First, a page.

USA presidential dollar #8: Martin Van Buren
Only about 5 feet, 6 inches tall, but trim and erect, Martin Van Buren dressed fastidiously. His impeccable appearance belied his amiability--and his humble background. Of Dutch descent, he was born in 1782, the son of a tavernkeeper and farmer, in Kinderhook, New York.
Martin Van Buren was elected Vice President on the Jacksonian ticket in 1832, and won the Presidency in 1836.
Van Buren devoted his Inaugural Address to a discourse upon the American experiment as an example to the rest of the world. The country was prosperous, but less than three months later the panic of 1837 punctured the prosperity.
Basically the trouble was the 19th-century cyclical economy of "boom and bust," which was following its regular pattern, but Jackson's financial measures contributed to the crash. His destruction of the Second Bank of the United States had removed restrictions upon the inflationary practices of some state banks; wild speculation in lands, based on easy bank credit, had swept the West. To end this speculation, Jackson in 1836 had issued a Specie Circular requiring that lands be purchased with hard money--gold or silver.
In 1837 the panic began. Hundreds of banks and businesses failed. Thousands lost their lands. For about five years the United States was wracked by the worst depression thus far in its history.
Programs applied decades later to alleviate economic crisis eluded both Van Buren and his opponents. Van Buren's remedy--continuing Jackson's deflationary policies--only deepened and prolonged the depression.
Declaring that the panic was due to recklessness in business and overexpansion of credit, Van Buren devoted himself to maintaining the solvency of the national Government. He opposed not only the creation of a new Bank of the United States but also the placing of Government funds in state banks. He fought for the establishment of an independent treasury system to handle Government transactions. As for Federal aid to internal improvements, he cut off expenditures so completely that the Government even sold the tools it had used on public works.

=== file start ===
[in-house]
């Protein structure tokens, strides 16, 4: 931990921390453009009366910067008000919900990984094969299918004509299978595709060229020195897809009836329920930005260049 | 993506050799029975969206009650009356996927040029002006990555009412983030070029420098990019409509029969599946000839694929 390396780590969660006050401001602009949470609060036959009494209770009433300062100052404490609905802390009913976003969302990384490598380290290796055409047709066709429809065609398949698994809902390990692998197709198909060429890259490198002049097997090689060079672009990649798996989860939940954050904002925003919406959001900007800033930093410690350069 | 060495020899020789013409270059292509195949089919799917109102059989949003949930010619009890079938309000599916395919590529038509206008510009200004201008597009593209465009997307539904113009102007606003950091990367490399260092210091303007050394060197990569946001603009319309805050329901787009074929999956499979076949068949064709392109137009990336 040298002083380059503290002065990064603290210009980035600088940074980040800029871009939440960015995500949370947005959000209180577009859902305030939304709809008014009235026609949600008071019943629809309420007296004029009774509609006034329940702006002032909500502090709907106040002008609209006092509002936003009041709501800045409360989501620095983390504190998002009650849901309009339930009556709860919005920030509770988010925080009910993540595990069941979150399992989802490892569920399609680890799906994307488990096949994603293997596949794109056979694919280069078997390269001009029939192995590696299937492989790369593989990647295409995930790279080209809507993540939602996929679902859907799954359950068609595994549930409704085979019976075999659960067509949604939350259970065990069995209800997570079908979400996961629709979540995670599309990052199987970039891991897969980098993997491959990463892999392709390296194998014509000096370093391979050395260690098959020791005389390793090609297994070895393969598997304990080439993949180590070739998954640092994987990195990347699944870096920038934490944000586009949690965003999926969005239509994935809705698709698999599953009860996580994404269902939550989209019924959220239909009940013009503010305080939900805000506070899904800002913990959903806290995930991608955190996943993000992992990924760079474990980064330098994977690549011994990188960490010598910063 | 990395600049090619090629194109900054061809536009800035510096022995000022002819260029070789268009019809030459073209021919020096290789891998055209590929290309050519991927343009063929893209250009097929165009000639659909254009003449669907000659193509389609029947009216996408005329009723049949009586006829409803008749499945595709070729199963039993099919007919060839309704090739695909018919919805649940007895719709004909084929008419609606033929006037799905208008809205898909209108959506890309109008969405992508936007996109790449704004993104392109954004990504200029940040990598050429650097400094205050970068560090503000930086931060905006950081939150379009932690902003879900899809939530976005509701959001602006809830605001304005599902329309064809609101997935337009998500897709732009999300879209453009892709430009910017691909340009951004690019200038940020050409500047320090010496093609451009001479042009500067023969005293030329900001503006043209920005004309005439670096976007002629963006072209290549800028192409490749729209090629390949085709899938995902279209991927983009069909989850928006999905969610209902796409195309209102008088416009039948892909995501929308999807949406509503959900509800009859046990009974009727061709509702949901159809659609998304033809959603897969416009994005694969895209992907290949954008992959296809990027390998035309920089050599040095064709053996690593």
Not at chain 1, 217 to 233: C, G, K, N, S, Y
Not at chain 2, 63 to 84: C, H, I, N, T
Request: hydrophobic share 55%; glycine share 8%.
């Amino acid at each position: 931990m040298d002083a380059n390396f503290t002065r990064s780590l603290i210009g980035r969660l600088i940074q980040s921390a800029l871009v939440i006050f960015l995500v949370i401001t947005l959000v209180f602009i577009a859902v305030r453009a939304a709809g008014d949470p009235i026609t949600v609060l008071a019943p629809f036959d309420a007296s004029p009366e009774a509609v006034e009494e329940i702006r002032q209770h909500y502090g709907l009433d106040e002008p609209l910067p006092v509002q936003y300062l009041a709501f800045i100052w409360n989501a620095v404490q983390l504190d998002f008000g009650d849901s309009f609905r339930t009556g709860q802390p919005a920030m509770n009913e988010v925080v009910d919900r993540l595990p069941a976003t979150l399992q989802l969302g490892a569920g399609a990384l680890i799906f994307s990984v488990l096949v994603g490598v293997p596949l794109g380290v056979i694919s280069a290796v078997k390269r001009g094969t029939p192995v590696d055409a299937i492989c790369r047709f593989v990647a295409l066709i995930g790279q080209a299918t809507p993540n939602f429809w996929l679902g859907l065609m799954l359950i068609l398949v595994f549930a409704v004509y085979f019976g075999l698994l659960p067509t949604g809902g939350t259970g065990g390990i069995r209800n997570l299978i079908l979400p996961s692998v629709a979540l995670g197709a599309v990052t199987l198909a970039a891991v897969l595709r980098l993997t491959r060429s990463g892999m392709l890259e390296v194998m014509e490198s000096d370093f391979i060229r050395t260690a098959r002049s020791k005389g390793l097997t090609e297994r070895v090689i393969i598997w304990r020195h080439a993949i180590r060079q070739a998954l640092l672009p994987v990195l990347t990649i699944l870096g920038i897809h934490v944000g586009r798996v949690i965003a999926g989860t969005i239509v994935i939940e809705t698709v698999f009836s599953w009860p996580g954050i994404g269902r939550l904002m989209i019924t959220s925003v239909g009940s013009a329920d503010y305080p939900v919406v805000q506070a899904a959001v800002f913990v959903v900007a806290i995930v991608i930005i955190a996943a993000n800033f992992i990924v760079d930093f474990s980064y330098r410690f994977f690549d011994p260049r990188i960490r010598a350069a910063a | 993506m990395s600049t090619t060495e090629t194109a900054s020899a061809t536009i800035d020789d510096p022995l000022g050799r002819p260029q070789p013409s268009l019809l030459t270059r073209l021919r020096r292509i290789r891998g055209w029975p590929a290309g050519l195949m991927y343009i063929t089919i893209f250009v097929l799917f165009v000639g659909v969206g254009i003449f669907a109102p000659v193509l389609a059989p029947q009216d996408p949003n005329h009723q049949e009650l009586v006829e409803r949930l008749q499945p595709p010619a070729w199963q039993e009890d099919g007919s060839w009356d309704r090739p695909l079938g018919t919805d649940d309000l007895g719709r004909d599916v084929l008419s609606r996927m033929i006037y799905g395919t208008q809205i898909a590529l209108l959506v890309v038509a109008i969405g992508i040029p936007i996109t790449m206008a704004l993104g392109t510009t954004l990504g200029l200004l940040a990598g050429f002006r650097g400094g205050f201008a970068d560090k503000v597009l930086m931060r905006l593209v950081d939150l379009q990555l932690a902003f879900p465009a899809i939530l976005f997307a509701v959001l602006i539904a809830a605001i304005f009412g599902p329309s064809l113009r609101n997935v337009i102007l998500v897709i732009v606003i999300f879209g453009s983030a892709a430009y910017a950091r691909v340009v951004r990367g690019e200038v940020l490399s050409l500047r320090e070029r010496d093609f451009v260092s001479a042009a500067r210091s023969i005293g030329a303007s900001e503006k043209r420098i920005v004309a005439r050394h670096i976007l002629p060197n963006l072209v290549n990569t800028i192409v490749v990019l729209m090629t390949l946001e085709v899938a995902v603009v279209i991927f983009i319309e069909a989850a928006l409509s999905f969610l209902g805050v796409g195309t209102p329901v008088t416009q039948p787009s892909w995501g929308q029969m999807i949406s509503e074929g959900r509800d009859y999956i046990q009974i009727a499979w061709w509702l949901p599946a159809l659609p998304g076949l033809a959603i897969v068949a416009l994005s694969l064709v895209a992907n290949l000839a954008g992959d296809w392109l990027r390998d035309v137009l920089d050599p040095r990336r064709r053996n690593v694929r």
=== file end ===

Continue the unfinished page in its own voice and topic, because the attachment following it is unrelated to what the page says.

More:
Inclined more and more to oppose the expansion of slavery, Van Buren blocked the annexation of Texas because it assuredly would add to slave territory--and it might bring war with Mexico.
Defeated by the Whigs in 1840 for reelection, he was an unsuccessful candidate for President on the Free Soil ticket in 1848. He died in 1862.
USA presidential dollar #7: Andrew Jackson
Andrew Jackson (1767-1845) was the seventh President of the United States, serving from 1829 to 1837. Sometimes nicknamed “Old Hickory,” Jackson was the first president not born an aristocrat. Andrew Jackson’s Scotch-Irish parents Andrew Jackson, Sr. and Elizabeth “Betty” Hutchinson immigrated to the US from Carrickfergus, in modern-day Northern Ireland, in 1765.
There is a dispute over his place of birth. While he claimed to have been born in South Carolina, he might have done so for political purposes. The two most likely places were Waxhaw, North Carolina or Lancaster, South Carolina which are very close. The line between the states was not yet drawn at the time of his birth.
During the Revolutionary War Jackson and his brother Robert joined the Continental Army as couriers. At one point they were taken prisoner; when they refused to shine the boots of one of their captors, the officer lashed out with his saber, wounding Jackson on the hand and forehead. Along with the scars from the incident, he carried a hatred of the British for the rest of his life. The boys caught smallpox during this period and, although Jackson survived, Robert succumbed to the disease. These hard experiences explain Jackson’s tough, sometimes violent character. When insulted, he was not opposed to resolving the matter with pistols.
Jackson remained in the army and prospered. He became a national hero after defeating the British in the 1815 Battle of New Orleans. Afterwards, he fought the Creek Wars and the Seminole War, invading Florida and becoming its military governor in 1819 after it was ceded to the United States by Spain in the Adams-Onis Treaty.
In the Presidential Election of 1824 Jackson won both more popular and electoral votes than any other candidate, but did not receive an overall majority. The election went to the House of Representatives, where John Quincy Adams was chosen as President.
Jackson felt that the 1824 election had been stolen from him and the will of the people ignored. Jackson and his supporters were furious and immediately started campaigning for the next election in 1828. Jackson beat Adams with a substantial majority, and took office as President in 1829.